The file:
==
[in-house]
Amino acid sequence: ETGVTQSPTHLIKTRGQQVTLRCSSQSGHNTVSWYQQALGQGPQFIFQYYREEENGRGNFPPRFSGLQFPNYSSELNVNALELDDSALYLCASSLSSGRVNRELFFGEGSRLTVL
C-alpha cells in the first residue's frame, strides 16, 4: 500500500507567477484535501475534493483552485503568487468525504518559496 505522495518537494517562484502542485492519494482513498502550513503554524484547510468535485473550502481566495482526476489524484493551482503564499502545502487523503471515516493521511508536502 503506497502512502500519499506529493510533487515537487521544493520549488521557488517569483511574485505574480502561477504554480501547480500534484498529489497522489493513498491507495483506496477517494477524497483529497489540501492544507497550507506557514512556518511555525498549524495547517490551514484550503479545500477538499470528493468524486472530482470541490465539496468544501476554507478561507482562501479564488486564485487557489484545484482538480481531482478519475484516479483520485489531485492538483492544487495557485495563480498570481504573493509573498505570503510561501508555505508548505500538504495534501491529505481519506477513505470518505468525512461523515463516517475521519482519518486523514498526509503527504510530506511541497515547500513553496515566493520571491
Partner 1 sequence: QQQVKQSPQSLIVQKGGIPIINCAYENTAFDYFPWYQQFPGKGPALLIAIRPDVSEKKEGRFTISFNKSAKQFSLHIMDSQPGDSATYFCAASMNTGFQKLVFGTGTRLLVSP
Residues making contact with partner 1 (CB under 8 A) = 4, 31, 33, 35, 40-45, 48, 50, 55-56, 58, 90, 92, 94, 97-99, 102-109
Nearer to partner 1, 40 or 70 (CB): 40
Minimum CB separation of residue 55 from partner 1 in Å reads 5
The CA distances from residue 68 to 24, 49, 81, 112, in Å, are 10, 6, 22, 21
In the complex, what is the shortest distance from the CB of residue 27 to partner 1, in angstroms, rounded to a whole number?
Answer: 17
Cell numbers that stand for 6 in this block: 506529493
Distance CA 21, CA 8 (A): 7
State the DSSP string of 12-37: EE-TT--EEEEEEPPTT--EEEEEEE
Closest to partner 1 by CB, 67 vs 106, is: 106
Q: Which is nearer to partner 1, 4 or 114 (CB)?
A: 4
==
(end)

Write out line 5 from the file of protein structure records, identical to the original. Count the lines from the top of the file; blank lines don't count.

Residues making contact with partner 1 (CB under 8 A) = 4, 31, 33, 35, 40-45, 48, 50, 55-56, 58, 90, 92, 94, 97-99, 102-109